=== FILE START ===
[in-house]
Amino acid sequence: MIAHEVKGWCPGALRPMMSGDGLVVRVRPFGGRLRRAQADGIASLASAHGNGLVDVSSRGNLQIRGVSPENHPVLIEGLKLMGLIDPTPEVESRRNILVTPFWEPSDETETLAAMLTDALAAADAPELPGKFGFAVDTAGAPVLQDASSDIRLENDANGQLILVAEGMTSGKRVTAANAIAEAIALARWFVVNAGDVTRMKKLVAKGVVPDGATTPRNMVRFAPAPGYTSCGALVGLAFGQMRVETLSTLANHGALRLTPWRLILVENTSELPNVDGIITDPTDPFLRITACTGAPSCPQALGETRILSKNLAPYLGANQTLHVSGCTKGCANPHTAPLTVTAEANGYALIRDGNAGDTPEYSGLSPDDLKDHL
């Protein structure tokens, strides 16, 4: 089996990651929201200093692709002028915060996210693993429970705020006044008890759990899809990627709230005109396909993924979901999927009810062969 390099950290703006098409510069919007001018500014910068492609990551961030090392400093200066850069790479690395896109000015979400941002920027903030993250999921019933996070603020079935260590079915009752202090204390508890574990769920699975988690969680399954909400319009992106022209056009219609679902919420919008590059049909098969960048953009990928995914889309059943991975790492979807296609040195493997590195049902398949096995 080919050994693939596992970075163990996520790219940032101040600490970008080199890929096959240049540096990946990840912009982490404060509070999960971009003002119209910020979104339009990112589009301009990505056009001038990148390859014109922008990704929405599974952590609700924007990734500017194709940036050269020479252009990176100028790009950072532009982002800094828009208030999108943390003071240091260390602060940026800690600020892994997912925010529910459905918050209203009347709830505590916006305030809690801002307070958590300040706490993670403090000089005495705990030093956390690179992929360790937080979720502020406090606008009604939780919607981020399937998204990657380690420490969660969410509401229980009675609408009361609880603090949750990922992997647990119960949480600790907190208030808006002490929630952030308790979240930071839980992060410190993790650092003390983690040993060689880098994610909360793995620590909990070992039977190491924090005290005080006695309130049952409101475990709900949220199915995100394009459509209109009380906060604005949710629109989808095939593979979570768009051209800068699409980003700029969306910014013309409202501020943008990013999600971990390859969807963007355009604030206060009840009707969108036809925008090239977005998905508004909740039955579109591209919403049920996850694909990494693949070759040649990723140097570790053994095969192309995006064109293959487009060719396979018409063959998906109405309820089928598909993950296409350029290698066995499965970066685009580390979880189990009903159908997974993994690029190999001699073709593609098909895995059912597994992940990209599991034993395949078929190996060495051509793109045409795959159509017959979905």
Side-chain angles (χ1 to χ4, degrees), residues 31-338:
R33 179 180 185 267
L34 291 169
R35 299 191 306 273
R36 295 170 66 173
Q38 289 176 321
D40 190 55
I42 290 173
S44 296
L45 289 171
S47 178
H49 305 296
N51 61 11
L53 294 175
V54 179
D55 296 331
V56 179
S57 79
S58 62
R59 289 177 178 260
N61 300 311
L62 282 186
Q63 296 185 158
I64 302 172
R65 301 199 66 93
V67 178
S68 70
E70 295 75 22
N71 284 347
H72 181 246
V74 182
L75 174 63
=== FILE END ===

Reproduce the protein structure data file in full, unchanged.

[in-house]
Amino acid sequence: MIAHEVKGWCPGALRPMMSGDGLVVRVRPFGGRLRRAQADGIASLASAHGNGLVDVSSRGNLQIRGVSPENHPVLIEGLKLMGLIDPTPEVESRRNILVTPFWEPSDETETLAAMLTDALAAADAPELPGKFGFAVDTAGAPVLQDASSDIRLENDANGQLILVAEGMTSGKRVTAANAIAEAIALARWFVVNAGDVTRMKKLVAKGVVPDGATTPRNMVRFAPAPGYTSCGALVGLAFGQMRVETLSTLANHGALRLTPWRLILVENTSELPNVDGIITDPTDPFLRITACTGAPSCPQALGETRILSKNLAPYLGANQTLHVSGCTKGCANPHTAPLTVTAEANGYALIRDGNAGDTPEYSGLSPDDLKDHL
């Protein structure tokens, strides 16, 4: 089996990651929201200093692709002028915060996210693993429970705020006044008890759990899809990627709230005109396909993924979901999927009810062969 390099950290703006098409510069919007001018500014910068492609990551961030090392400093200066850069790479690395896109000015979400941002920027903030993250999921019933996070603020079935260590079915009752202090204390508890574990769920699975988690969680399954909400319009992106022209056009219609679902919420919008590059049909098969960048953009990928995914889309059943991975790492979807296609040195493997590195049902398949096995 080919050994693939596992970075163990996520790219940032101040600490970008080199890929096959240049540096990946990840912009982490404060509070999960971009003002119209910020979104339009990112589009301009990505056009001038990148390859014109922008990704929405599974952590609700924007990734500017194709940036050269020479252009990176100028790009950072532009982002800094828009208030999108943390003071240091260390602060940026800690600020892994997912925010529910459905918050209203009347709830505590916006305030809690801002307070958590300040706490993670403090000089005495705990030093956390690179992929360790937080979720502020406090606008009604939780919607981020399937998204990657380690420490969660969410509401229980009675609408009361609880603090949750990922992997647990119960949480600790907190208030808006002490929630952030308790979240930071839980992060410190993790650092003390983690040993060689880098994610909360793995620590909990070992039977190491924090005290005080006695309130049952409101475990709900949220199915995100394009459509209109009380906060604005949710629109989808095939593979979570768009051209800068699409980003700029969306910014013309409202501020943008990013999600971990390859969807963007355009604030206060009840009707969108036809925008090239977005998905508004909740039955579109591209919403049920996850694909990494693949070759040649990723140097570790053994095969192309995006064109293959487009060719396979018409063959998906109405309820089928598909993950296409350029290698066995499965970066685009580390979880189990009903159908997974993994690029190999001699073709593609098909895995059912597994992940990209599991034993395949078929190996060495051509793109045409795959159509017959979905």
Side-chain angles (χ1 to χ4, degrees), residues 31-338:
R33 179 180 185 267
L34 291 169
R35 299 191 306 273
R36 295 170 66 173
Q38 289 176 321
D40 190 55
I42 290 173
S44 296
L45 289 171
S47 178
H49 305 296
N51 61 11
L53 294 175
V54 179
D55 296 331
V56 179
S57 79
S58 62
R59 289 177 178 260
N61 300 311
L62 282 186
Q63 296 185 158
I64 302 172
R65 301 199 66 93
V67 178
S68 70
E70 295 75 22
N71 284 347
H72 181 246
V74 182
L75 174 63